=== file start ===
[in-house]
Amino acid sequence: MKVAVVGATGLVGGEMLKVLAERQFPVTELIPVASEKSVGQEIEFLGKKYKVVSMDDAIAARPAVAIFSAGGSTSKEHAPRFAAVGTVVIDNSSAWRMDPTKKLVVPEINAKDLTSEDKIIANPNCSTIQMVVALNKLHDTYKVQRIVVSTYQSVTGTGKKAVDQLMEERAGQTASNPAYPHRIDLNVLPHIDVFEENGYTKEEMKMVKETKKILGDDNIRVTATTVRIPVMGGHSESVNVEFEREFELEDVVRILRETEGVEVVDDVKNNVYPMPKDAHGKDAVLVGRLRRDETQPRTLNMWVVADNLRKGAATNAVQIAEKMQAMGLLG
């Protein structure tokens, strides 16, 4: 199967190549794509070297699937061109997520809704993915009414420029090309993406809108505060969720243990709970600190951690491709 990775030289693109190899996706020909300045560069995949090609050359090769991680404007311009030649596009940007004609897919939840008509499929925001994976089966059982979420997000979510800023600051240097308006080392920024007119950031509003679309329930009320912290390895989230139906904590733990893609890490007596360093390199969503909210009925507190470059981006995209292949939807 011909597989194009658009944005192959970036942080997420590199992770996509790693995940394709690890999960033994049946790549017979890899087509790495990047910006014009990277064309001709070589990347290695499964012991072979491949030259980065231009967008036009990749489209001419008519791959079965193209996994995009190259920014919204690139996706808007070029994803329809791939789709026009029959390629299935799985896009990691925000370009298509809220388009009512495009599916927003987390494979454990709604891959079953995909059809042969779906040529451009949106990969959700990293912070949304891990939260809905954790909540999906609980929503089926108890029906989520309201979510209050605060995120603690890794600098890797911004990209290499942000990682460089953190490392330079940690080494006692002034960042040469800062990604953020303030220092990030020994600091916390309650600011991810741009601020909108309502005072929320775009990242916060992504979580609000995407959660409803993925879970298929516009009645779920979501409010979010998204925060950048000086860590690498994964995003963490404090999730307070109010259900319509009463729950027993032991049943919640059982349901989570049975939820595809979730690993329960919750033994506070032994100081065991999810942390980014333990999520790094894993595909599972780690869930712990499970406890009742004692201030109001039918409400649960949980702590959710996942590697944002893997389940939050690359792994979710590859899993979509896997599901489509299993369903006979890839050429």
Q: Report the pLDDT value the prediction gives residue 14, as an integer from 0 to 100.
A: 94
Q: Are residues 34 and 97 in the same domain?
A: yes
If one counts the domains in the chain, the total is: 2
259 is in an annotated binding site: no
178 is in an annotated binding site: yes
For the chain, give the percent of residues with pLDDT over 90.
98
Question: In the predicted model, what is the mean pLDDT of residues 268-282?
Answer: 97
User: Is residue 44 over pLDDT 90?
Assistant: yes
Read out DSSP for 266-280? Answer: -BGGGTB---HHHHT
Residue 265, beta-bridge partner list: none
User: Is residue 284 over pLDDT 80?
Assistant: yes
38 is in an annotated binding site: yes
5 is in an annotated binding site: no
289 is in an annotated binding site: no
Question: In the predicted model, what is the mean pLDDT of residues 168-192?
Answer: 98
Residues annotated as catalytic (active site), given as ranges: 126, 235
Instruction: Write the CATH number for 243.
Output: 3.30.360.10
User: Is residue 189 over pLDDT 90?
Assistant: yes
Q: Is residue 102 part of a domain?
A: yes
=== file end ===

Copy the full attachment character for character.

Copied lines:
[in-house]
Amino acid sequence: MKVAVVGATGLVGGEMLKVLAERQFPVTELIPVASEKSVGQEIEFLGKKYKVVSMDDAIAARPAVAIFSAGGSTSKEHAPRFAAVGTVVIDNSSAWRMDPTKKLVVPEINAKDLTSEDKIIANPNCSTIQMVVALNKLHDTYKVQRIVVSTYQSVTGTGKKAVDQLMEERAGQTASNPAYPHRIDLNVLPHIDVFEENGYTKEEMKMVKETKKILGDDNIRVTATTVRIPVMGGHSESVNVEFEREFELEDVVRILRETEGVEVVDDVKNNVYPMPKDAHGKDAVLVGRLRRDETQPRTLNMWVVADNLRKGAATNAVQIAEKMQAMGLLG
């Protein structure tokens, strides 16, 4: 199967190549794509070297699937061109997520809704993915009414420029090309993406809108505060969720243990709970600190951690491709 990775030289693109190899996706020909300045560069995949090609050359090769991680404007311009030649596009940007004609897919939840008509499929925001994976089966059982979420997000979510800023600051240097308006080392920024007119950031509003679309329930009320912290390895989230139906904590733990893609890490007596360093390199969503909210009925507190470059981006995209292949939807 011909597989194009658009944005192959970036942080997420590199992770996509790693995940394709690890999960033994049946790549017979890899087509790495990047910006014009990277064309001709070589990347290695499964012991072979491949030259980065231009967008036009990749489209001419008519791959079965193209996994995009190259920014919204690139996706808007070029994803329809791939789709026009029959390629299935799985896009990691925000370009298509809220388009009512495009599916927003987390494979454990709604891959079953995909059809042969779906040529451009949106990969959700990293912070949304891990939260809905954790909540999906609980929503089926108890029906989520309201979510209050605060995120603690890794600098890797911004990209290499942000990682460089953190490392330079940690080494006692002034960042040469800062990604953020303030220092990030020994600091916390309650600011991810741009601020909108309502005072929320775009990242916060992504979580609000995407959660409803993925879970298929516009009645779920979501409010979010998204925060950048000086860590690498994964995003963490404090999730307070109010259900319509009463729950027993032991049943919640059982349901989570049975939820595809979730690993329960919750033994506070032994100081065991999810942390980014333990999520790094894993595909599972780690869930712990499970406890009742004692201030109001039918409400649960949980702590959710996942590697944002893997389940939050690359792994979710590859899993979509896997599901489509299993369903006979890839050429």
Q: Report the pLDDT value the prediction gives residue 14, as an integer from 0 to 100.
A: 94
Q: Are residues 34 and 97 in the same domain?
A: yes
If one counts the domains in the chain, the total is: 2
259 is in an annotated binding site: no
178 is in an annotated binding site: yes
For the chain, give the percent of residues with pLDDT over 90.
98
Question: In the predicted model, what is the mean pLDDT of residues 268-282?
Answer: 97
User: Is residue 44 over pLDDT 90?
Assistant: yes
Read out DSSP for 266-280? Answer: -BGGGTB---HHHHT
Residue 265, beta-bridge partner list: none
User: Is residue 284 over pLDDT 80?
Assistant: yes
38 is in an annotated binding site: yes
5 is in an annotated binding site: no
289 is in an annotated binding site: no
Question: In the predicted model, what is the mean pLDDT of residues 168-192?
Answer: 98
Residues annotated as catalytic (active site), given as ranges: 126, 235
Instruction: Write the CATH number for 243.
Output: 3.30.360.10
User: Is residue 189 over pLDDT 90?
Assistant: yes
Q: Is residue 102 part of a domain?
A: yes